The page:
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Diets To Help People With IBS

May 11, 2020
Medically reviewed by Susan Kerrigan, MD and Marianne Madsen

The expression “You are what you eat” is particularly true for people with irritable bowel syndrome (IBS). The number one reason to miss school or work in the U.S. is the common cold. Number two? Irritable bowel syndrome–a disorder of the large intestine that can cause cramping, pain, gas, constipation, and diarrhea.

 

It is no surprise that living with IBS can have a significant effect on a person’s quality of life. Given that the gastrointestinal symptoms associated with IBS have both physical and psychosocial impacts, it’s important to tailor treatment to the individual patient and factor in the severity of disease.

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IBS: Diet

IBS: Diet

Treatment of IBS focuses on relieving symptoms so that you can live as normally as possible. This article addresses the role of diet in the treatment of IBS. Diet is one way people manage IBS symptoms. A common treatment approach is to avoid the foods that trigger symptoms such as:

 

  • High-gas foods. If you experience bloating or gas, you might avoid items such as carbonated and alcoholic beverages, caffeine, raw fruit, and certain vegetables, such as cabbage, broccoli, and cauliflower.
  • Gluten. Research shows that some people with IBS report improvement in diarrhea symptoms if they stop eating gluten (wheat, barley, and rye) even if they don’t have celiac disease.
  • Caffeine. Because caffeine intake stimulates gut motility, reducing caffeine intake is often recommended.
  • Fat. A low-fat diet is often recommended, as fatty foods may cause painful contractions in patients with IBS.

 

Fiber and fiber-based supplements accelerate colon transit, increase stool bulk, and facilitate passage, resulting in an increase in stool frequency. This increase can benefit patients with chronic constipation and IBS-C. Often used as a first-line therapy, fiber should be gradually increased to a total daily intake of 20 to 30 grams. Research has found that soluble fiber (psyllium and ispaghula husk) but not insoluble fiber (wheat bran) was associated with improved IBS symptoms.

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Low-FODMAP Diet

Low-FODMAP Diet

Another diet for IBS was developed in Australia and is having a lot of success in managing IBS symptoms. It’s called the low-FODMAP diet. The idea behind the low-FODMAP diet is to only limit the problematic foods in a category—not all of them. (After all, they do have health benefits.) You may tolerate some foods better than others. FODMAP stands for Fermentable Oligosaccharides, Disaccharides, Monosaccharides, And Polyols. These fermentable short-chain carbohydrates are prevalent in our diet and can cause sensitivity in some people. A person’s IBS symptoms might ease if they follow a strict low-FODMAP diet and then reintroduce foods one at a time.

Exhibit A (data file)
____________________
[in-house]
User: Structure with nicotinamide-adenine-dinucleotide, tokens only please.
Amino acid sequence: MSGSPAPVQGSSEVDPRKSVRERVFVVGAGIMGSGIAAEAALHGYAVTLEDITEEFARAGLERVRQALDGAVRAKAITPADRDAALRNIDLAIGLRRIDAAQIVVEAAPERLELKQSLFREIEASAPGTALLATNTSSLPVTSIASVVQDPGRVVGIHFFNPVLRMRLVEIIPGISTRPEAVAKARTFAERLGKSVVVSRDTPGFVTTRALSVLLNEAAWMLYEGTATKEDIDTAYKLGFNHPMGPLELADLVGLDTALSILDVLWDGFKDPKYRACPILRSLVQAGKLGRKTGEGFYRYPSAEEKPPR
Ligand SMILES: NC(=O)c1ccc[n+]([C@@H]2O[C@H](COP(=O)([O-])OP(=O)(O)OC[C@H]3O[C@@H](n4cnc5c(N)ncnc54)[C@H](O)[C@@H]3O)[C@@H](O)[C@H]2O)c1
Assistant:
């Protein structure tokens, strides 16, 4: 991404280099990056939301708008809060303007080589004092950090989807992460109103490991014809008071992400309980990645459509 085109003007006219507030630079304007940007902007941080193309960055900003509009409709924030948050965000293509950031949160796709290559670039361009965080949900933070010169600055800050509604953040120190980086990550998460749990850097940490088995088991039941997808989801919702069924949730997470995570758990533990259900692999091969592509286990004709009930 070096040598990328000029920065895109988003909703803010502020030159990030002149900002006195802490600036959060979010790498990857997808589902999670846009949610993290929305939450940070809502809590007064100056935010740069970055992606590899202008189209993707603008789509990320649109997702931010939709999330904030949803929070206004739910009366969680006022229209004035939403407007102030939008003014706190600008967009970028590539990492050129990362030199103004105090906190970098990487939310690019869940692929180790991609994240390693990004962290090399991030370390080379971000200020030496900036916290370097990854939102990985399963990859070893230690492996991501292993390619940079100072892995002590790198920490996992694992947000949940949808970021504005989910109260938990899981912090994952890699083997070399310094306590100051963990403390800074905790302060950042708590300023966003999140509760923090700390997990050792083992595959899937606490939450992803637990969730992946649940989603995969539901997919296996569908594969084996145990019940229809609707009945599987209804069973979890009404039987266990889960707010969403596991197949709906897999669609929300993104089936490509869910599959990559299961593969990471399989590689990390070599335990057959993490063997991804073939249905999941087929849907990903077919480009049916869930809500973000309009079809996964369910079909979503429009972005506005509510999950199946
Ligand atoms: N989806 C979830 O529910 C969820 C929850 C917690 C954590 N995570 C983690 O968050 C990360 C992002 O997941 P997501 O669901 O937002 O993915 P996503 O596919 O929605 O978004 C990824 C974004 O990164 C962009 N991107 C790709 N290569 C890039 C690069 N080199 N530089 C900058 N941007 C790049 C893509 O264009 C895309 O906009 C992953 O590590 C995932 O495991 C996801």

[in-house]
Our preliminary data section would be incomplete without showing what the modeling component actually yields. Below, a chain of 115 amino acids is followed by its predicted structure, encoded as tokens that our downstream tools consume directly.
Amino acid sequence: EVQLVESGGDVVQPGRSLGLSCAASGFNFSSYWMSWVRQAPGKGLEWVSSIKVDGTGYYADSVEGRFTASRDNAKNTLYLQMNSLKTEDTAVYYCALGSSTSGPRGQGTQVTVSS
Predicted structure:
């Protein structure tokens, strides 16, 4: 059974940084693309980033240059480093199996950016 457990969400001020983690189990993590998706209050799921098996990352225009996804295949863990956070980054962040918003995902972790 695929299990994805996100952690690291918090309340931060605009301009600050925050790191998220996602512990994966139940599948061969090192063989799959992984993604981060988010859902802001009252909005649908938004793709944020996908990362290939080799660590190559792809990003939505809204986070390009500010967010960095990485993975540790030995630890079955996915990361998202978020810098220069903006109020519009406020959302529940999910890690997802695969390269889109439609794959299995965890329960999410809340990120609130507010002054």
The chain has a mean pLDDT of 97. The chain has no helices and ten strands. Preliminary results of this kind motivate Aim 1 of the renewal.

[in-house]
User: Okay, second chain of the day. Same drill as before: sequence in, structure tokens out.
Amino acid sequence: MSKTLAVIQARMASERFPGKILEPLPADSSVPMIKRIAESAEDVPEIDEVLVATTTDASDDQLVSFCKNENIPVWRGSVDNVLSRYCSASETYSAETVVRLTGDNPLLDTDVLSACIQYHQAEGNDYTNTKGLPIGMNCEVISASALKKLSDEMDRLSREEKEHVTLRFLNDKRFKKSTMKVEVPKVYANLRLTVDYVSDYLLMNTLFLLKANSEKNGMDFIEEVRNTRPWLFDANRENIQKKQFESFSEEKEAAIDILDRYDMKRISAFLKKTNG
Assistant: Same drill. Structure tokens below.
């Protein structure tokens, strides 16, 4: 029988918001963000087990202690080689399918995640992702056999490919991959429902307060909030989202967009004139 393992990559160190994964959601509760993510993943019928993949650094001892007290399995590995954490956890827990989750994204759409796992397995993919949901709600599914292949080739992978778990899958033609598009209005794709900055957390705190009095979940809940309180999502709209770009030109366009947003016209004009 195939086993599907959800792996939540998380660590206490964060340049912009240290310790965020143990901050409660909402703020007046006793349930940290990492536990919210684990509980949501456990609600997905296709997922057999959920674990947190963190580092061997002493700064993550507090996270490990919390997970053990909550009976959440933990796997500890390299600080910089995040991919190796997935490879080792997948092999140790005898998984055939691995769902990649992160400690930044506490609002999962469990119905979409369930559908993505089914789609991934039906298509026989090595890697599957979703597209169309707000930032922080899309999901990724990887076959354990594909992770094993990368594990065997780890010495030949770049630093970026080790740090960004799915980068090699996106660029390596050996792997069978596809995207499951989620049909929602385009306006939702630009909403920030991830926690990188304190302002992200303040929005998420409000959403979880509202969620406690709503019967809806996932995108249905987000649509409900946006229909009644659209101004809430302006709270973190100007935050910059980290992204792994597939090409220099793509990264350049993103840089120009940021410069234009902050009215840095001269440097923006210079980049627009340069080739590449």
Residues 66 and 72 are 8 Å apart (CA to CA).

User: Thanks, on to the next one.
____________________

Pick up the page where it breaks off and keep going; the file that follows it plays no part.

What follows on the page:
Studies thus far have shown that a low-FODMAP diet improves IBS symptoms. The low-FODMAP diet recommends eating less of the following foods:

 

  • Lactose: Contained in cow’s milk, yogurt, pudding, custard, ice cream, cottage cheese, ricotta cheese, and mascarpone
  • Fructose: Contained in fruits, such as apples, pears, peaches, cherries, mangoes, pears, and watermelon; and sweeteners, such as honey, agave nectar, and products with high fructose corn syrup
  • Fructans:  Contained in vegetables, such as artichokes, asparagus, Brussels sprouts, broccoli, beetroot, garlic, and onions; grains such as wheat and rye; and added fiber, such as inulin.
  • GOS (galactooligosaccharides): Contained in chickpeas, lentils, kidney beans, soy products, and vegetables such as broccoli.

 

Polyols: Contained in fruits, such as apples, apricots, blackberries, cherries, nectarines, pears, peaches, plums, and watermelon; vegetables, such as cauliflower, mushrooms, and snow peas; and sweeteners, such as sorbitol, mannitol, xylitol, maltitol, and isomalt found in sugar-free gum, mints, cough medicines, and cough drops.

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Constipation: Forms of Fiber

Constipation: Forms of Fiber

The FODMAP diet recommends eating more of these foods:

 

  • Dairy and other milks: Lactose-free milk, rice milk, almond milk, coconut milk, lactose-free yogurt; aged cheeses such as feta and brie
  • Protein: Beef, pork, chicken, fish, eggs, and tofu
  • Grain: Oat, oat bran, rice bran, gluten-free pasta, rice, corn, and quinoa
  • Fruit: Bananas, blueberries, cantaloupe, grapefruit, honeydew, kiwi, lemon, lime, oranges, and strawberries
  • Vegetables: Bamboo shoots, bean sprouts, bok choy, carrots, chives, cucumbers, eggplant, ginger, lettuce, olives, parsnips, potatoes, spring onions, and turnips
  • Nuts/seeds (limit to 10-15 each): Almonds, macadamia nuts, peanuts, pine nuts, and walnuts

 

Diet definitely seems to be a major way to alleviate the symptoms of IBS. A food diary and symptom chart may be helpful tools. The low-FODMAP diet has shown potential in helping people with IBS. It is important to meet and continue monitoring with a registered dietitian before embarking on such an eating plan. Some health professionals believe that the diet is too restrictive. Supporters of the diet report that people stick with it because of how it improves their quality of life.

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